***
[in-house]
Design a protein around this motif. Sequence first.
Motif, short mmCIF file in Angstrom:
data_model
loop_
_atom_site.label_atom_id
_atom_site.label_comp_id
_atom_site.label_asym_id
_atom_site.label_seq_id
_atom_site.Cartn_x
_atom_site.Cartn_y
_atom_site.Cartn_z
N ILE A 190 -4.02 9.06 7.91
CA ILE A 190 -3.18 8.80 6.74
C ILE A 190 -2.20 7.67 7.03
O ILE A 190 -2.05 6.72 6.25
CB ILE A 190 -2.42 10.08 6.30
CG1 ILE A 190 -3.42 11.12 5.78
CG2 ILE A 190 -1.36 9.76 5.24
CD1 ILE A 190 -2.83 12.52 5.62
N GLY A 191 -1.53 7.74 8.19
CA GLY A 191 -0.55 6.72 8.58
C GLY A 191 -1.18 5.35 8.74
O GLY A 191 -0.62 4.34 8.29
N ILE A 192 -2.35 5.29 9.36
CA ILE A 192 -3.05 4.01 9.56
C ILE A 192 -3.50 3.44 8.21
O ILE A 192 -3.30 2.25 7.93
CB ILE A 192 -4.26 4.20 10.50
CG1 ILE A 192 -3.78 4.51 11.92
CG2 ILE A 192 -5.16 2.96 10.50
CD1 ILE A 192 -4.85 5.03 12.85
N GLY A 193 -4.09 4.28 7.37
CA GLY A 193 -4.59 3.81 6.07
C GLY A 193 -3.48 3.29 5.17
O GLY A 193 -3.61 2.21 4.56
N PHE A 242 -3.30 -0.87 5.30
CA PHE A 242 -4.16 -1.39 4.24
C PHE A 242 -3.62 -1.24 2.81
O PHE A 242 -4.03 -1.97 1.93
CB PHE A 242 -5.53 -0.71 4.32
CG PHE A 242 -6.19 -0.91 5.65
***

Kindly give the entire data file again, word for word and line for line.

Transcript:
[in-house]
Design a protein around this motif. Sequence first.
Motif, short mmCIF file in Angstrom:
data_model
loop_
_atom_site.label_atom_id
_atom_site.label_comp_id
_atom_site.label_asym_id
_atom_site.label_seq_id
_atom_site.Cartn_x
_atom_site.Cartn_y
_atom_site.Cartn_z
N ILE A 190 -4.02 9.06 7.91
CA ILE A 190 -3.18 8.80 6.74
C ILE A 190 -2.20 7.67 7.03
O ILE A 190 -2.05 6.72 6.25
CB ILE A 190 -2.42 10.08 6.30
CG1 ILE A 190 -3.42 11.12 5.78
CG2 ILE A 190 -1.36 9.76 5.24
CD1 ILE A 190 -2.83 12.52 5.62
N GLY A 191 -1.53 7.74 8.19
CA GLY A 191 -0.55 6.72 8.58
C GLY A 191 -1.18 5.35 8.74
O GLY A 191 -0.62 4.34 8.29
N ILE A 192 -2.35 5.29 9.36
CA ILE A 192 -3.05 4.01 9.56
C ILE A 192 -3.50 3.44 8.21
O ILE A 192 -3.30 2.25 7.93
CB ILE A 192 -4.26 4.20 10.50
CG1 ILE A 192 -3.78 4.51 11.92
CG2 ILE A 192 -5.16 2.96 10.50
CD1 ILE A 192 -4.85 5.03 12.85
N GLY A 193 -4.09 4.28 7.37
CA GLY A 193 -4.59 3.81 6.07
C GLY A 193 -3.48 3.29 5.17
O GLY A 193 -3.61 2.21 4.56
N PHE A 242 -3.30 -0.87 5.30
CA PHE A 242 -4.16 -1.39 4.24
C PHE A 242 -3.62 -1.24 2.81
O PHE A 242 -4.03 -1.97 1.93
CB PHE A 242 -5.53 -0.71 4.32
CG PHE A 242 -6.19 -0.91 5.65